Misalignment Between Employers' Needs and Workers' Skillsets

XPRIZEXPRIZE Los Angeles, CaliforniaPosts: 193 admin
edited February 13 in Innovations in Work
Numerous sources agree that there is about to be a shift in the skillsets that are most needed in the industry, and the ones workers are currently in possession of. Routine manual skills are expected to decrease in demand, while other skills -- like the ability to work with data and with robots, and general "soft" social skills -- will be in strong demand.

This shift will mean that many employers' needs will go unmet when it comes to the skills they expect their workers to have. Workers won't be able to reap the benefits of the stronger economy and will not find workplaces willing to take them in.

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Comments

  • NickOttensNickOttens Community Manager Barcelona, SpainPosts: 798 admin
    @KaitlynBean, @vehien, you may be able to help us answer our questions here. We're interesting in finding out what governments and companies are already doing to address this problem -- and why those efforts aren't adequate or aren't succeeding. (Unless you believe they are!)

    @alysia_o, you may be interested in this discussion as well.
  • NickOttensNickOttens Community Manager Barcelona, SpainPosts: 798 admin
    @Matthew_Poland, you might also be able to advise us on this, given your own experience. What are some worthwhile initiatives trying to match employers' needs with workers' skillsets?
  • Matthew_PolandMatthew_Poland Founder Posts: 4
    edited February 18
    I think this actually starts with finding a way to accurately understand and document the needs employers have. In the past, we've assumed in the workforce development space that employers have a good understanding of their own skill needs and I don't think they really do (on average). Workforce development practitioners then have to try and act on partial or faulty information to develop programs that are not effective.
  • dianadanielsdianadaniels CEO Posts: 7 ✭✭
    @NickOttens one of the things I see there are not addressed is the urgent need in making all workers part of the formal economy. As many works, will be automated, many could be displaced from regular jobs, and start informal opportunities, that will have consequences such as unbanking, non able to being to a pension system, or social security. Today 60% of the population already work in the informal economy, so this could get worst with automatization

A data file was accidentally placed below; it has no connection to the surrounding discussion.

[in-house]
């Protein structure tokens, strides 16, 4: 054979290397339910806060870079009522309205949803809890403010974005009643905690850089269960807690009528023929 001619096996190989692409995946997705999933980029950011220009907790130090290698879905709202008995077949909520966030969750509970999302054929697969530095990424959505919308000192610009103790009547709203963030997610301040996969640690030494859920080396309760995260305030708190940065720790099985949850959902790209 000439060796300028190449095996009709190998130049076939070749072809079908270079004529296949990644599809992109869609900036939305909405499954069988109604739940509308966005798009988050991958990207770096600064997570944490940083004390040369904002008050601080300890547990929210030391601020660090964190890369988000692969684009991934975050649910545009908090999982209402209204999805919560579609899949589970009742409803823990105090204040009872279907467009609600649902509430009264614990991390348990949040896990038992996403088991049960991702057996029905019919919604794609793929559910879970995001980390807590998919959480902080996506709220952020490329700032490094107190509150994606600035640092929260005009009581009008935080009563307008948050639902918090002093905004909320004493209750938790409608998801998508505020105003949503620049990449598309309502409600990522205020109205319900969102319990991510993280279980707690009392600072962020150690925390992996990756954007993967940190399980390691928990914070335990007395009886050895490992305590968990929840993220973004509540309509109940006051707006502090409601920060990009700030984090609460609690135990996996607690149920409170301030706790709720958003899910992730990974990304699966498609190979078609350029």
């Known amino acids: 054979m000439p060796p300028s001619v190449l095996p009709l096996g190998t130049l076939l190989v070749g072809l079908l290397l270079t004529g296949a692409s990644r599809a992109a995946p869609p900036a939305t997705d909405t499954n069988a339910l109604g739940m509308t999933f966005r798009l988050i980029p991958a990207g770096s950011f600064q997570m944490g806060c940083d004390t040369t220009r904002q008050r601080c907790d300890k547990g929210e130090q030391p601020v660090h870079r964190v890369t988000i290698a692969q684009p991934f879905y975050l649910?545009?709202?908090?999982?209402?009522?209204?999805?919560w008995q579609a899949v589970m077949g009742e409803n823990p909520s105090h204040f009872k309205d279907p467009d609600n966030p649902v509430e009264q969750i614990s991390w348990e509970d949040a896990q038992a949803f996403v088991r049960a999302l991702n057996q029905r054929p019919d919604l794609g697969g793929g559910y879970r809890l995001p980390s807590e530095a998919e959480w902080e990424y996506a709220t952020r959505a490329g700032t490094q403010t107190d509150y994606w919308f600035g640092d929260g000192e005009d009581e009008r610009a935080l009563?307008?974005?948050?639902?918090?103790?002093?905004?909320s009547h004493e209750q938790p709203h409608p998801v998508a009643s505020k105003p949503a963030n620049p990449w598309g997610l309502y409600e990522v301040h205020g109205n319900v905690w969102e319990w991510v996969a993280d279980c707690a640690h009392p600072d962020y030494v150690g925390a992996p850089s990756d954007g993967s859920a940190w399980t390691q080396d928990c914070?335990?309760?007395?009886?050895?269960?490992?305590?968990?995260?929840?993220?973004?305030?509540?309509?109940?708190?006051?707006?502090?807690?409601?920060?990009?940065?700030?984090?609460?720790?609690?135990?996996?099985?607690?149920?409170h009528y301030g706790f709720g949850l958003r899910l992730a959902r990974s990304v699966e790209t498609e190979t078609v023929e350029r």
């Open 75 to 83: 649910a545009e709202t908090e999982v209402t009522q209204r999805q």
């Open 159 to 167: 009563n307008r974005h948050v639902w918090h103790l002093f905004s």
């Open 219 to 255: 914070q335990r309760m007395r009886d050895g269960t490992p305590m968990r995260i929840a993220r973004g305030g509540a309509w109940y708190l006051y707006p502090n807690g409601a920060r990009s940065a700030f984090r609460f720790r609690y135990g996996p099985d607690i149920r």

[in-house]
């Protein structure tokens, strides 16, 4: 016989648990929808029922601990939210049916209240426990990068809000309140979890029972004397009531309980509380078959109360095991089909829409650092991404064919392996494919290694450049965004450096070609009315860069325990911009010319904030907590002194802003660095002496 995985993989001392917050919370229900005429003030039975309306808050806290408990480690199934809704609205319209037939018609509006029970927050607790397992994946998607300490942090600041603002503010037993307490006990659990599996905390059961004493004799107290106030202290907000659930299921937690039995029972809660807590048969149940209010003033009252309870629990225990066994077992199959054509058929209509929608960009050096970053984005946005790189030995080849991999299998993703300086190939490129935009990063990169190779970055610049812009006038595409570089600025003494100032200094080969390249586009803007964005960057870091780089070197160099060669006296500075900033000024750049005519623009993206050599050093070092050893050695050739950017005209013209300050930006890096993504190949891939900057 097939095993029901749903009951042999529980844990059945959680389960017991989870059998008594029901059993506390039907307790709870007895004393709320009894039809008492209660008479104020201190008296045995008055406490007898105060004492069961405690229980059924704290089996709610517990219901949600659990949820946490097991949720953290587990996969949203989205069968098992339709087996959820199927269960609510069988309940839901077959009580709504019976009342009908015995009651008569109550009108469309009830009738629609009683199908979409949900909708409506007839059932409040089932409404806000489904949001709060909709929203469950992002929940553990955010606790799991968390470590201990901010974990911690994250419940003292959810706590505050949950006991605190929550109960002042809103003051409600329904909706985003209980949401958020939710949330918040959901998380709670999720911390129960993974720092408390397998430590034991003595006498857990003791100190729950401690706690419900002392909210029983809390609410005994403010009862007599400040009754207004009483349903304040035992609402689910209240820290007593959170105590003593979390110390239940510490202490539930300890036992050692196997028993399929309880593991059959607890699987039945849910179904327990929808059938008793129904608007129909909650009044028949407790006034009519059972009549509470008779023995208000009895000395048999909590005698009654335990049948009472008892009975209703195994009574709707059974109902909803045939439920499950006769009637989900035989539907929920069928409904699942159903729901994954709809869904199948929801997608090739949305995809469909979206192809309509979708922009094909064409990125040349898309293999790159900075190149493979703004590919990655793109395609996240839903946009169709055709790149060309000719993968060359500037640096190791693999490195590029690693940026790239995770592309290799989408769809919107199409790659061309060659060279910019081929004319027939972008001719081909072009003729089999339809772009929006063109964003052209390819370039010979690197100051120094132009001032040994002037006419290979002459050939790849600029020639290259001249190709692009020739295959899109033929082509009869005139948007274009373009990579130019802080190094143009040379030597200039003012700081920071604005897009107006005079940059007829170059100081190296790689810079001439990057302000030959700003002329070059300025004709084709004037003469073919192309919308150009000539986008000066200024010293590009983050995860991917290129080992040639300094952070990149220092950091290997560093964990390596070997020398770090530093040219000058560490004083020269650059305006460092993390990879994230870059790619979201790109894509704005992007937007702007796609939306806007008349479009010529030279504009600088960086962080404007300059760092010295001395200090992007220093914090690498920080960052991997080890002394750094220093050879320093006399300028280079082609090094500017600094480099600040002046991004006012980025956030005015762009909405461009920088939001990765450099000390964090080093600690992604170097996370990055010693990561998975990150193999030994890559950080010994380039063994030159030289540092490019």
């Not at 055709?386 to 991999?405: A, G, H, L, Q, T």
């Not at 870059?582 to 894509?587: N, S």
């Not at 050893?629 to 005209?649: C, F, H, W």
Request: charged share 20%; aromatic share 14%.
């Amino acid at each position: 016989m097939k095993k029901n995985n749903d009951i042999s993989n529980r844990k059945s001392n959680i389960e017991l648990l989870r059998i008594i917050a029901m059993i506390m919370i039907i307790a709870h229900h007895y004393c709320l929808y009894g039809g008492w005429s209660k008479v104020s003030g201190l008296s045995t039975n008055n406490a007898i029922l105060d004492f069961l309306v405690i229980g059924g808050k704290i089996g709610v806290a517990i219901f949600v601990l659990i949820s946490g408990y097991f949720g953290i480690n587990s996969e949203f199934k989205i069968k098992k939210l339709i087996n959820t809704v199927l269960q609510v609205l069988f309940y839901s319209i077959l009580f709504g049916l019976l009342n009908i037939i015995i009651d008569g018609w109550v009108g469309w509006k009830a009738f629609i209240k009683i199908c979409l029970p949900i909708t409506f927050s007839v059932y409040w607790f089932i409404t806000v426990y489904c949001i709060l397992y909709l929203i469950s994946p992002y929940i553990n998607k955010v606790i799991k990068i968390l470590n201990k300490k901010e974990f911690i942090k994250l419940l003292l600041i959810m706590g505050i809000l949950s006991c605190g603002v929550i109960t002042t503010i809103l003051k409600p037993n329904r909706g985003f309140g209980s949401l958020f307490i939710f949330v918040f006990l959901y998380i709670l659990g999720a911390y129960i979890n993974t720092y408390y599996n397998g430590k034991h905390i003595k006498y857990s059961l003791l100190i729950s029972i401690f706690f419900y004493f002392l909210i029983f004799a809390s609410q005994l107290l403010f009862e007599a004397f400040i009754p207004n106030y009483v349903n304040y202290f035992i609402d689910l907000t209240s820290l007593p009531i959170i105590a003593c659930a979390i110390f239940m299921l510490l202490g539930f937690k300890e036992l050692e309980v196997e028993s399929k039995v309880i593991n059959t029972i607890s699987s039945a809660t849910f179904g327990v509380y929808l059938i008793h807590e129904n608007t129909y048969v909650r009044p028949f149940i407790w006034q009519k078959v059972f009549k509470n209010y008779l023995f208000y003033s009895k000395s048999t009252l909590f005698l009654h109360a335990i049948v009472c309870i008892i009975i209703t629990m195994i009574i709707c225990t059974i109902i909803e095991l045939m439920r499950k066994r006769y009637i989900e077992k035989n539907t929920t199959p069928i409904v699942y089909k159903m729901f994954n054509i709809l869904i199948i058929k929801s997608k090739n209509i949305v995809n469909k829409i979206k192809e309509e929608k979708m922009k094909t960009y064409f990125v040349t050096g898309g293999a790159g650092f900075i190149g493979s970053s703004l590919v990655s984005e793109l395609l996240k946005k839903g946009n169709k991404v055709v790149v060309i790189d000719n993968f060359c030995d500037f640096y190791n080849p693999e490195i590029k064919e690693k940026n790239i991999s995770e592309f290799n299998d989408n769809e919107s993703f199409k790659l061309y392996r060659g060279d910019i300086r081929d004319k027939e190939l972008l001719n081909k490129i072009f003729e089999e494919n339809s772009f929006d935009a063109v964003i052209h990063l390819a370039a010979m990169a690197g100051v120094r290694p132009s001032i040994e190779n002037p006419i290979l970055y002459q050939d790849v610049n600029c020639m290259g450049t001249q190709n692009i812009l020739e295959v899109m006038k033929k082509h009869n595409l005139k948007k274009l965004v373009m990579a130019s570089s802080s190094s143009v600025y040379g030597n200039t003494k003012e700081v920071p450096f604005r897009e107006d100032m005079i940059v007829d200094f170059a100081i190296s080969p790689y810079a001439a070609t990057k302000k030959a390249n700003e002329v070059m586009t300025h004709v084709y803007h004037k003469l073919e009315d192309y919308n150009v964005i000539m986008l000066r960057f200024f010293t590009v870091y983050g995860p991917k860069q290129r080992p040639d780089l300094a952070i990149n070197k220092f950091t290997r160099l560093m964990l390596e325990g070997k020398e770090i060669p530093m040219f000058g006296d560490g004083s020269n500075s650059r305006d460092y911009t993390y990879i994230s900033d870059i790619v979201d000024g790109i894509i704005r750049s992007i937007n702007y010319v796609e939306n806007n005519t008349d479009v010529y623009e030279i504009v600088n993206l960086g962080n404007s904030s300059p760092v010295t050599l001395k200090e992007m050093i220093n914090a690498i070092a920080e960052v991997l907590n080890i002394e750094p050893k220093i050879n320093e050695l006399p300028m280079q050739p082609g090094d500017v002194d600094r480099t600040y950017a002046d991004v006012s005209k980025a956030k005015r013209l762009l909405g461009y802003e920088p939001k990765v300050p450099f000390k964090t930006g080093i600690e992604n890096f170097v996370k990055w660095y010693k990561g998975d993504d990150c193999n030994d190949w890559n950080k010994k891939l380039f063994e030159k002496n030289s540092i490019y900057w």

• HeatherSuttonHeatherSutton Project Specialist Posts: 27 XPRIZE
    @dianadaniels - Such a good point! Can you imagine a middle ground where gig jobs / the informal economy can actually benefit folks who (for whatever reason) are unable to join the formal economy? I'm thinking about things like work-from-home jobs for people who can't afford childcare or who don't have reliable transportation to work.

    If so, how might we build a reliable, supportive infrastructure for people who are working "gigs" in the informal economy?
  • HeatherSuttonHeatherSutton Project Specialist Posts: 27 XPRIZE
    @Matthew_Poland - I have some past experience in recruiting and I think you are spot on. From my experience, many employers would simply cut and paste job descriptions (with corresponding skill and education requirements) from other JDs. Do you have any ideas of how we might think outside of the box here? How we might set employers up for success with skills-needs-assessment tools and the like?
  • alysia_oalysia_o Director of Strategic Partnerships Posts: 4
    @Matthew_Poland and @HeatherSutton are spot on in my experience with employers. Registered Apprenticeship is gaining some traction in Massachusetts in fields other than the building trades through partnerships with Apprenti and competency-based hiring platforms like https://skillist.co/ are creating new avenues into employment. I also think that the conversation about education and skill development needs to evolve. Just as employers are not necessarily adept at naming skills, individuals are also likely to default to talking about their education rather than their learning. We need a way to capture learning that happens outside of school - like through degreed.com
  • NickOttensNickOttens Community Manager Barcelona, SpainPosts: 798 admin
    @Ann, you may also be interested in this discussion. Please share your view with the community!
  • HeatherSuttonHeatherSutton Project Specialist Posts: 27 XPRIZE
    So true @alysia_o ! Thanks for adding those interesting links too! We love learning about the tools that are currently out there and it's great to know that some organizations are attempting to quantify and capture the skills/aptitudes that might otherwise go under the radar.
  • NickOttensNickOttens Community Manager Barcelona, SpainPosts: 798 admin
    @TravellerBeyond, @LiliGangas, @lheisser, you may have insight on this discussion as well. Please share your opinion with the community! And if there are any innovations you're aware of that are trying to address this misalignment, please let us know. Thanks!
  • RoeyRoey Posts: 157 XPRIZE
    It looks like everyone agrees that there is going to be a skills gap, and that it's going to become wider as we move into the 2020s and 2030s.

  • key2xanadukey2xanadu CTO Posts: 2
    To what extent do we think employers are willing to clarify and train for necessary skills? Maybe if we can find some examples of models that work well, that's one way forward. I know that Amazon has made some investments in worker training / education (https://www.aboutamazon.com/amazon-fulfillment/our-fulfillment-centers/training), and also Starbucks (https://www.starbucks.com.hk/about-us/become-a-partner/learning-and-development and https://www.starbucks.com/careers/working-at-starbucks/education).
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